American Vice-President Mike Pence set commentators across the cultural spectrum all a-twitter this past week as it emerged that he had observed for years what quickly became known as the “Billy Graham Rule”: he refused to dine or otherwise be alone with a woman in any context in which the relationship could be misinterpreted.
The young preacher Billy Graham had adopted this rule (alongside strict financial accountability) under the shadow of “Elmer Gantry,” the Sinclair Lewis novel (later made into a sensational 1960 film) about a cynical and predatory travelling evangelist. The rule kept Graham out of trouble for decades even as journalists watched him like hawks.
Mike Pence has been married for over thirty years in a profession that, like Graham’s, is peculiarly fraught with opportunity for misbehaviour. Yet critics exploded over this marriage-protecting guideline.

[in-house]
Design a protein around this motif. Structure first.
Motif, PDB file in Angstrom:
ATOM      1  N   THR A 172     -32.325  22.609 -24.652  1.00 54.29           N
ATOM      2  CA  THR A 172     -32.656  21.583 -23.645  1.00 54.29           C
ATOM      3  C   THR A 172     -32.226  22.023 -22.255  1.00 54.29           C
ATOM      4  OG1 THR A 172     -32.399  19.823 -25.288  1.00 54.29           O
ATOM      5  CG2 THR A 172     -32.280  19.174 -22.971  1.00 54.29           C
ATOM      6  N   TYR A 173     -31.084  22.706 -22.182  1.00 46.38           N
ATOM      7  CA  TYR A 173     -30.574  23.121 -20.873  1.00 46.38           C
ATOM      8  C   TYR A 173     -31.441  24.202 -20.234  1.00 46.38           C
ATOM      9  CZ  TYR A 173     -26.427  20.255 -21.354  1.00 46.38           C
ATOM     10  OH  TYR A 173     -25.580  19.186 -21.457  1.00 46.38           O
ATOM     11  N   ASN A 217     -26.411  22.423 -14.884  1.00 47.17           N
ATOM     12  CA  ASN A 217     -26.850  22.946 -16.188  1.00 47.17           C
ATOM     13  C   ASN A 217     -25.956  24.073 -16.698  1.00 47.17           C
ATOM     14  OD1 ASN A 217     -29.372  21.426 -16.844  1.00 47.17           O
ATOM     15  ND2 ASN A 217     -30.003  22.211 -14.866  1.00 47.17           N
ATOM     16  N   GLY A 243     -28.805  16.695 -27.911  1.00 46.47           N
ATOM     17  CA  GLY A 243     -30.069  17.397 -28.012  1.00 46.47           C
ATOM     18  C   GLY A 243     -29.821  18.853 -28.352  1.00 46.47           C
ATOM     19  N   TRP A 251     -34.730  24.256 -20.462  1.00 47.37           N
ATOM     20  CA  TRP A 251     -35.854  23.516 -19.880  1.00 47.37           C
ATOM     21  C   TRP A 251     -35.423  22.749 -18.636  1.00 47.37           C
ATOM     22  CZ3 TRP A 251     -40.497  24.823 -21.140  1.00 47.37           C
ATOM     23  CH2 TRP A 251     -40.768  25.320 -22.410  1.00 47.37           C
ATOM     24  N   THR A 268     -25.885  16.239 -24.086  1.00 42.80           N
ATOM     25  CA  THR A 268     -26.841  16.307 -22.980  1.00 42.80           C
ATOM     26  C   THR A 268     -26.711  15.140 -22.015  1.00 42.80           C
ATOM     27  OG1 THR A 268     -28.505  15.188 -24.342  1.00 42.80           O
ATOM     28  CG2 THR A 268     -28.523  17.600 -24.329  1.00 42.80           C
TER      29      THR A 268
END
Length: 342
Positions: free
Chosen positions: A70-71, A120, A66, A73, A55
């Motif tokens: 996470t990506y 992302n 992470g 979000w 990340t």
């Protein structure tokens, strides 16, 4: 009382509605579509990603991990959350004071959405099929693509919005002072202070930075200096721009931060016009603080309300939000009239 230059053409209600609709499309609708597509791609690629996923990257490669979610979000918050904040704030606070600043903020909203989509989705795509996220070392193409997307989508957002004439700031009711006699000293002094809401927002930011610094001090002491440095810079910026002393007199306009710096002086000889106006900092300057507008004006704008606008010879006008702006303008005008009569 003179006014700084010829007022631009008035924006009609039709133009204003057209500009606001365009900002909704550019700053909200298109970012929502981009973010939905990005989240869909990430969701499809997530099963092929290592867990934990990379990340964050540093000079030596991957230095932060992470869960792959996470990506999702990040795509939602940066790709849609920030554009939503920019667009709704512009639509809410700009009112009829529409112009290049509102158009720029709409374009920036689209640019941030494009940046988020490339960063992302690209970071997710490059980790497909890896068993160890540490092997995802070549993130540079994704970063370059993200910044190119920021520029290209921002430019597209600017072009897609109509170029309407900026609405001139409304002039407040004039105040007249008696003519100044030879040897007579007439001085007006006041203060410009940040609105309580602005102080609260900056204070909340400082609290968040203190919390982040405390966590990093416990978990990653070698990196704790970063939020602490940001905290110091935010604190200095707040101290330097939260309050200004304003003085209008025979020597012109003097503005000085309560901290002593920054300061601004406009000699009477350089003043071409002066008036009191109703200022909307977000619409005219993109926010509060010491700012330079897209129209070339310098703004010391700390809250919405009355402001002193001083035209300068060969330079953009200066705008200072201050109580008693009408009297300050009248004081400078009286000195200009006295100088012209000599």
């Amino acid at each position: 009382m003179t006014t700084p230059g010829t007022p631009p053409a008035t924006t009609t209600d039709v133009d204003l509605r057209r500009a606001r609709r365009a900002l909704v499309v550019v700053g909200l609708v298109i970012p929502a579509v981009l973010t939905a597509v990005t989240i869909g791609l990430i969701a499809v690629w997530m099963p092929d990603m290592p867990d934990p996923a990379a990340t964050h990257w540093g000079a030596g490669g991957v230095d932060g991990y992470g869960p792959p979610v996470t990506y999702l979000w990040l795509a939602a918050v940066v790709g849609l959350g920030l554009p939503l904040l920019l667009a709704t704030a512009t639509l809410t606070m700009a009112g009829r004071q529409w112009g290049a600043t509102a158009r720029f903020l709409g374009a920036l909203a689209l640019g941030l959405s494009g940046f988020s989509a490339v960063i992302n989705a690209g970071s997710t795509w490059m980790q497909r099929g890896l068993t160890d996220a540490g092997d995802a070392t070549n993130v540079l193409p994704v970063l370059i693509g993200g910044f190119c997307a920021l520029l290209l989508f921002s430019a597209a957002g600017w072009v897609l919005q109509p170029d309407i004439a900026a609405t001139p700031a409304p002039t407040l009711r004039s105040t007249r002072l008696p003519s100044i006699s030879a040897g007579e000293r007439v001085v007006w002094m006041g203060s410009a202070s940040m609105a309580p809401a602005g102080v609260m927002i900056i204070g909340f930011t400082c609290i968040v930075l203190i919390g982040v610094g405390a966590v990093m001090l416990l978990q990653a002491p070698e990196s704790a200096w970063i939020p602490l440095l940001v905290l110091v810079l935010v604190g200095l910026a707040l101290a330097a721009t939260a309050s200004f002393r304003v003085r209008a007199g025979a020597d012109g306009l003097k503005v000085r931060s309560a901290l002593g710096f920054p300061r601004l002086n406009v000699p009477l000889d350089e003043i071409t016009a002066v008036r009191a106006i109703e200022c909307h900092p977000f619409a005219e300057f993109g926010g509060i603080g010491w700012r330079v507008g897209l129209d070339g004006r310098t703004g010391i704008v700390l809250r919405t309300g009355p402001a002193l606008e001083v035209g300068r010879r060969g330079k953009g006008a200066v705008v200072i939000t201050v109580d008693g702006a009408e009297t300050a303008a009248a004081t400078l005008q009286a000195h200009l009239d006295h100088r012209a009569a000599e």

The more preposterous tried to damn it as “rape culture.” Moderates shook their heads about how such a rule would continue to marginalize women professionally, sexualized what should be just day-to-day routines, etc., etc.
(Happily, at least a few commentators kept their heads.)
What was also interesting about this furore, however, was the complete lack of moral relativism exhibited on every side.
And the complete invisibility of Mr. Pence’s wife, Karen.
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